In the end, the most important commodity in all of healthcare is trust – and that’s the biggest risk behind any deficiencies in the culture of security. The size of the organization is immaterial. It can easily be a small solo practice – or a globally recognized healthcare brand – but every organization is dependent on both partners and employees to protect the most valuable healthcare asset we all rely on in all its forms – health data.
About Our Interviewee: Dan Munro is an author and Forbes Contributor on the topic of U.S. Healthcare. His book ‘Casino Healthcare‘ in now available and he has written extensively on cyber threats in healthcare. Follow him on Twitter at: @danmunro
What to Do When You Get a Bad Physician Review
Bad physician reviews happen, even to the best of doctors. Someone on the office staff may have a bad day, miscommunications are real and people are human. When patients have a bad experience, they often use sites like Vitals, RateMDs or Yelp to vent (which is one of the reasons we recommend patient satisfaction surveys. It gives patients the opportunity to be heard before broadcasting online). Unfortunately, these venting reviews can do some significant harm to a practice (see how much doctor reviews affect your bottom line).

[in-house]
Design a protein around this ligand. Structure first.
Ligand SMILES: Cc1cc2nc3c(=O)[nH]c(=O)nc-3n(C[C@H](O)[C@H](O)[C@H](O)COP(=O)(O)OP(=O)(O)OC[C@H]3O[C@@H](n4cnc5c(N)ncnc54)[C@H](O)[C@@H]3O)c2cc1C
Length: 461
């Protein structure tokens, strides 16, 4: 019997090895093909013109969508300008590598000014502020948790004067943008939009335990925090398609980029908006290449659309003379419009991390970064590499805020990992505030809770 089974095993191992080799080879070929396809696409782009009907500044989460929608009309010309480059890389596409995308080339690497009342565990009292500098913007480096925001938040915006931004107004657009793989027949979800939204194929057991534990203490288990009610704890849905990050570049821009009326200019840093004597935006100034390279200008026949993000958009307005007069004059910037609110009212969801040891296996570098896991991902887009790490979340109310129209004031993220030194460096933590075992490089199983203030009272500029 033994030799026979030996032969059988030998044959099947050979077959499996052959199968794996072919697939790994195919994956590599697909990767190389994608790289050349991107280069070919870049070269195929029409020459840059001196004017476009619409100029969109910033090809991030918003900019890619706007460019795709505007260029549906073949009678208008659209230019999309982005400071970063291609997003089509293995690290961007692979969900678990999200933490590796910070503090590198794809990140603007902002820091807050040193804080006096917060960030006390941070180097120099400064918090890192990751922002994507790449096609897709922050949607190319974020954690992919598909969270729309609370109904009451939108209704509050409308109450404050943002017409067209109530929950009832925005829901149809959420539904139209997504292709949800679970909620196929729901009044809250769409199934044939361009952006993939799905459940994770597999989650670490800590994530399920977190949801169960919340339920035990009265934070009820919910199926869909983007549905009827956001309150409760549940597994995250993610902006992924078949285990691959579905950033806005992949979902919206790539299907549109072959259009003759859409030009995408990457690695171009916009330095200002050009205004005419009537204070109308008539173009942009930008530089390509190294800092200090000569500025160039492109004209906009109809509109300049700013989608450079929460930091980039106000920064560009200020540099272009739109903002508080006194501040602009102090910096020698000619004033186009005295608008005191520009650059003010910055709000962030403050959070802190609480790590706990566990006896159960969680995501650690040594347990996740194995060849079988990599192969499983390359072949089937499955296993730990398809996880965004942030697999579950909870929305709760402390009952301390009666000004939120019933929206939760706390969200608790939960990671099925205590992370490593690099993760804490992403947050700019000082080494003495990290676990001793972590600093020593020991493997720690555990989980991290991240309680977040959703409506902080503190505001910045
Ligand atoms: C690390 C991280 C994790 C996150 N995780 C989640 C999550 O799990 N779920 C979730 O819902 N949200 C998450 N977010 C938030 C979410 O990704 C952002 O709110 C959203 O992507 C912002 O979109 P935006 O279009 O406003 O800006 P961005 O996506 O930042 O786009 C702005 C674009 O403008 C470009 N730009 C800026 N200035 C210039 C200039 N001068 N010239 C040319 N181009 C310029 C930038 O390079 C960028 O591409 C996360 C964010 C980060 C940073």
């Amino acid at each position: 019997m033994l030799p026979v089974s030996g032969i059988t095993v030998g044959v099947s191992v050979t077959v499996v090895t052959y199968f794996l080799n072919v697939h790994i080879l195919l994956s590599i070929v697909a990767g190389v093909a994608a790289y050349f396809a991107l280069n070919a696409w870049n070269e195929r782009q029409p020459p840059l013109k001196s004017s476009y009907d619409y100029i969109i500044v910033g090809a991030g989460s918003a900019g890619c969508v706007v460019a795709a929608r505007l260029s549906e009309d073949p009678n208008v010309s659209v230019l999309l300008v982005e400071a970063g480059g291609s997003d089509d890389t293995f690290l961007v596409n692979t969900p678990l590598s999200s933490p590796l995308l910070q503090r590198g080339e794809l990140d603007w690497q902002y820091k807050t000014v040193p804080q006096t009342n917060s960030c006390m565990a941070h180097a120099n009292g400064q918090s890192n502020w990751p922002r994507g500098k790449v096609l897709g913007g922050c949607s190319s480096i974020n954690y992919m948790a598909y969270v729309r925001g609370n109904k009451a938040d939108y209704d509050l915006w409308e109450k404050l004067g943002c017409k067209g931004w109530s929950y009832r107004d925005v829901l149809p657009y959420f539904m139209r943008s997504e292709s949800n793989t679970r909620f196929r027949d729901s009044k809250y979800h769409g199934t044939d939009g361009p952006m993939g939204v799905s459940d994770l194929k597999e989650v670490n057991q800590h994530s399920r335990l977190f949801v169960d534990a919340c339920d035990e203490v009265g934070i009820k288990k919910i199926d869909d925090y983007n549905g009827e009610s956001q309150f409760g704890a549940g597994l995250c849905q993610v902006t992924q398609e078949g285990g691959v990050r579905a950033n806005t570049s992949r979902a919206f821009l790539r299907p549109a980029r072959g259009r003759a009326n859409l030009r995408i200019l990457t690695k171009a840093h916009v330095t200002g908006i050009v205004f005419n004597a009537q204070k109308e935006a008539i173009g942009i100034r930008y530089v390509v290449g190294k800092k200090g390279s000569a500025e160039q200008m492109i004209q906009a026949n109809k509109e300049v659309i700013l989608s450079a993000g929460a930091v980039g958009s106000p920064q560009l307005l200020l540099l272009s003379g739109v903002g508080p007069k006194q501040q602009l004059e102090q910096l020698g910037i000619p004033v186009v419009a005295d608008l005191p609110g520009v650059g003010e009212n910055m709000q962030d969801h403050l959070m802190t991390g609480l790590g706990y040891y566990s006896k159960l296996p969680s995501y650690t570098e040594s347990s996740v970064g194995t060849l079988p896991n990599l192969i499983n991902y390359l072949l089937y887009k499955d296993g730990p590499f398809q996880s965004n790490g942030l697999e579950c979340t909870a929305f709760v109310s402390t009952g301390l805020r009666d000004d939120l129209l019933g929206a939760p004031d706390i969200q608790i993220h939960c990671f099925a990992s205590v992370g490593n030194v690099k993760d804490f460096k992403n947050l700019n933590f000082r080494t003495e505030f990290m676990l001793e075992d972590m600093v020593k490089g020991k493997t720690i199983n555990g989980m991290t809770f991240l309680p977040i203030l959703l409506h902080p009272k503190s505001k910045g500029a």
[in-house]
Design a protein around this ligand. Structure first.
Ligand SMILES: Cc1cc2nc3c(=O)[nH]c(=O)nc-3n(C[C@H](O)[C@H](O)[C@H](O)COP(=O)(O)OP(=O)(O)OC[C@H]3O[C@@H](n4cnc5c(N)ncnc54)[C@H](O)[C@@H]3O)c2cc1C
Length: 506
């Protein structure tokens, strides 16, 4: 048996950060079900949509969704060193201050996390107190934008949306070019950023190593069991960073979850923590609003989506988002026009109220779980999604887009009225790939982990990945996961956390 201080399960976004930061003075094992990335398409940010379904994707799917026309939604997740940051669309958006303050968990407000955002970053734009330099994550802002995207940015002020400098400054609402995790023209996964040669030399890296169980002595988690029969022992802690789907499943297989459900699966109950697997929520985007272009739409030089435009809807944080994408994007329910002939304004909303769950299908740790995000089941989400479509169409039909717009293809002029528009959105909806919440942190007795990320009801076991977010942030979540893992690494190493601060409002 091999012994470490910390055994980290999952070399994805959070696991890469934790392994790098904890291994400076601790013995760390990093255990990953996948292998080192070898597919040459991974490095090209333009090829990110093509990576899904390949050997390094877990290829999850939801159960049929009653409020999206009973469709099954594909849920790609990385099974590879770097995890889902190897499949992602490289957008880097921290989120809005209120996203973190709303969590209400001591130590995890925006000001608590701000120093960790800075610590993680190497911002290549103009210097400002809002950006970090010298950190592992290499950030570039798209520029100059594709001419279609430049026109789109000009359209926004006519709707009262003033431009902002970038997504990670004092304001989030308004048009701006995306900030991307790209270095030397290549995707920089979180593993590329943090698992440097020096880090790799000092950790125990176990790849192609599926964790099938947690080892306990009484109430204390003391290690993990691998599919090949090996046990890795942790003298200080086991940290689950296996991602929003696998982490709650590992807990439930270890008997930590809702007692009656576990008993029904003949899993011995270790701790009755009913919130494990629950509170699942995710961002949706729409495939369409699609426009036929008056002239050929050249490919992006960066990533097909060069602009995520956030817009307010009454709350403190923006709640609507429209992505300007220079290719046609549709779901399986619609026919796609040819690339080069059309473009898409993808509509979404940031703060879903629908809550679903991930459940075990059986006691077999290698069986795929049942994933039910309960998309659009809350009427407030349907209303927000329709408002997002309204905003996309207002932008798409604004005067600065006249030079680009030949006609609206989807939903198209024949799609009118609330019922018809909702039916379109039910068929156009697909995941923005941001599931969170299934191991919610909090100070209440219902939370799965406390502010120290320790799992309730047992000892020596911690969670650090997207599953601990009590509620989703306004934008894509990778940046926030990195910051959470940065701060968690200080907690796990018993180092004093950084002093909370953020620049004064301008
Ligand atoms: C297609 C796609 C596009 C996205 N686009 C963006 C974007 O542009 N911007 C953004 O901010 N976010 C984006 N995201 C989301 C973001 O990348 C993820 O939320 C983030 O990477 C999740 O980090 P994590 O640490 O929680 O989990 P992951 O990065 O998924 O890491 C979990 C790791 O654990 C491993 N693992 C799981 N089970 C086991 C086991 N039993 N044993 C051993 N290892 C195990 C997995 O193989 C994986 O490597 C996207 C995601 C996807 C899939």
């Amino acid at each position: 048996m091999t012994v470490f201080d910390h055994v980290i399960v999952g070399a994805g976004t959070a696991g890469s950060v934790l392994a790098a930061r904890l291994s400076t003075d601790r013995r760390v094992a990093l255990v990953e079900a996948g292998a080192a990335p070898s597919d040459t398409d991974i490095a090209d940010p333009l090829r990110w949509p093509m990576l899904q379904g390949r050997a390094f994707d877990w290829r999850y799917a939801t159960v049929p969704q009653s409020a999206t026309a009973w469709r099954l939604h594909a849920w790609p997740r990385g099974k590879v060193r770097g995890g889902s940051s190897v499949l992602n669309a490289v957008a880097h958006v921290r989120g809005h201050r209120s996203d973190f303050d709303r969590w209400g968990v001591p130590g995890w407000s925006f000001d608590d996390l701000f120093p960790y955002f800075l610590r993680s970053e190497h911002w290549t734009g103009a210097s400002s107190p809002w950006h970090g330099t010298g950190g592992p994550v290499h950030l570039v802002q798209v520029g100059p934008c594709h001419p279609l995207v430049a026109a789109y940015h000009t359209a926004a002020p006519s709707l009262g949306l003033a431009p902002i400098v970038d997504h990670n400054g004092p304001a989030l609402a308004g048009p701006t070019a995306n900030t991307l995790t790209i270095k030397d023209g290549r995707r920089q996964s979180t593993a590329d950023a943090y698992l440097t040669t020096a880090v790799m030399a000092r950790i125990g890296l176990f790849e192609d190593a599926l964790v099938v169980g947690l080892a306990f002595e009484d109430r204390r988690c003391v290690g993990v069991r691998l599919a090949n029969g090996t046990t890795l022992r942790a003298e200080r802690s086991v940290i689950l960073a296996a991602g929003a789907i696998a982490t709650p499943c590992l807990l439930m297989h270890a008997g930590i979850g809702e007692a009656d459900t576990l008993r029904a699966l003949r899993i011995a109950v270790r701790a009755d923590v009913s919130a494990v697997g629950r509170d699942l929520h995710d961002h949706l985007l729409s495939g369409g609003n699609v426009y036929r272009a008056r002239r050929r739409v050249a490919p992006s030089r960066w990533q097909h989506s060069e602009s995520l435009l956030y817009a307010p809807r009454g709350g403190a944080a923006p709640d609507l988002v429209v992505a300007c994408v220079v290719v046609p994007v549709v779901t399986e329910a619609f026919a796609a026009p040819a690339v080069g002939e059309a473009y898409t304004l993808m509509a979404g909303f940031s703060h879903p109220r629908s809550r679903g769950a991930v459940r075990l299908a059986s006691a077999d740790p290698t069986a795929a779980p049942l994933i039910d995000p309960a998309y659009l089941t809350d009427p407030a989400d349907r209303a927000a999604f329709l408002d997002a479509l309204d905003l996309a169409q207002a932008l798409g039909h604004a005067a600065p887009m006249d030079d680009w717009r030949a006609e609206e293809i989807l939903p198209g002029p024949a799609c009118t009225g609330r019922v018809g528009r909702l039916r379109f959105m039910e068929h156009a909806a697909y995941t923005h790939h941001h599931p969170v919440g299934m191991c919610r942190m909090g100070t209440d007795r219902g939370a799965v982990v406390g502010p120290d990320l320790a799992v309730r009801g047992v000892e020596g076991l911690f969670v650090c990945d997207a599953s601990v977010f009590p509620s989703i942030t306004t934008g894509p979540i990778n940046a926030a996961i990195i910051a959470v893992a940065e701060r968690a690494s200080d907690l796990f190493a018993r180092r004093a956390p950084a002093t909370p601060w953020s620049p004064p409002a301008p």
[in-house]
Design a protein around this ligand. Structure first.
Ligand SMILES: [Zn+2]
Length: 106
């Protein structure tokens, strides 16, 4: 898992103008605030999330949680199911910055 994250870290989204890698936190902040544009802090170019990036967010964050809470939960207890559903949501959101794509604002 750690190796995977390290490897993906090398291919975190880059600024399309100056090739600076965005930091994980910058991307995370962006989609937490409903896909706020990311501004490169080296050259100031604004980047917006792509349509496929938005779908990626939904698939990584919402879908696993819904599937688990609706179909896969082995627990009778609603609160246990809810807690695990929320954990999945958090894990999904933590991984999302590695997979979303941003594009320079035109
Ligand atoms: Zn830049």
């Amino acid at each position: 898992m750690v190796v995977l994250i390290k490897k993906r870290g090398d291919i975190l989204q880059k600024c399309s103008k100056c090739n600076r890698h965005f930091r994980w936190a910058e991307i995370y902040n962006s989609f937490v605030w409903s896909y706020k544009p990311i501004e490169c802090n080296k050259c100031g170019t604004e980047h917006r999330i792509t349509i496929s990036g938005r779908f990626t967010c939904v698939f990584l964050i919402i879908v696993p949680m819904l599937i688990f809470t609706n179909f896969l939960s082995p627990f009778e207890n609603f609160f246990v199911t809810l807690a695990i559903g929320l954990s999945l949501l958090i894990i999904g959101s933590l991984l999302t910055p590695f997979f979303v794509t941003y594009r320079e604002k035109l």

So what do you do when you inevitably receive a negative review?
- Don’t panic, don’t fight back. One of the first instincts is to challenge the reviewer. Trust us, this is not a direction you want to go. Confrontation only makes you look bad and has the potential to escalate the situation. While the review may be unfair, there are other ways to deal with it that wind up placing you in a better light.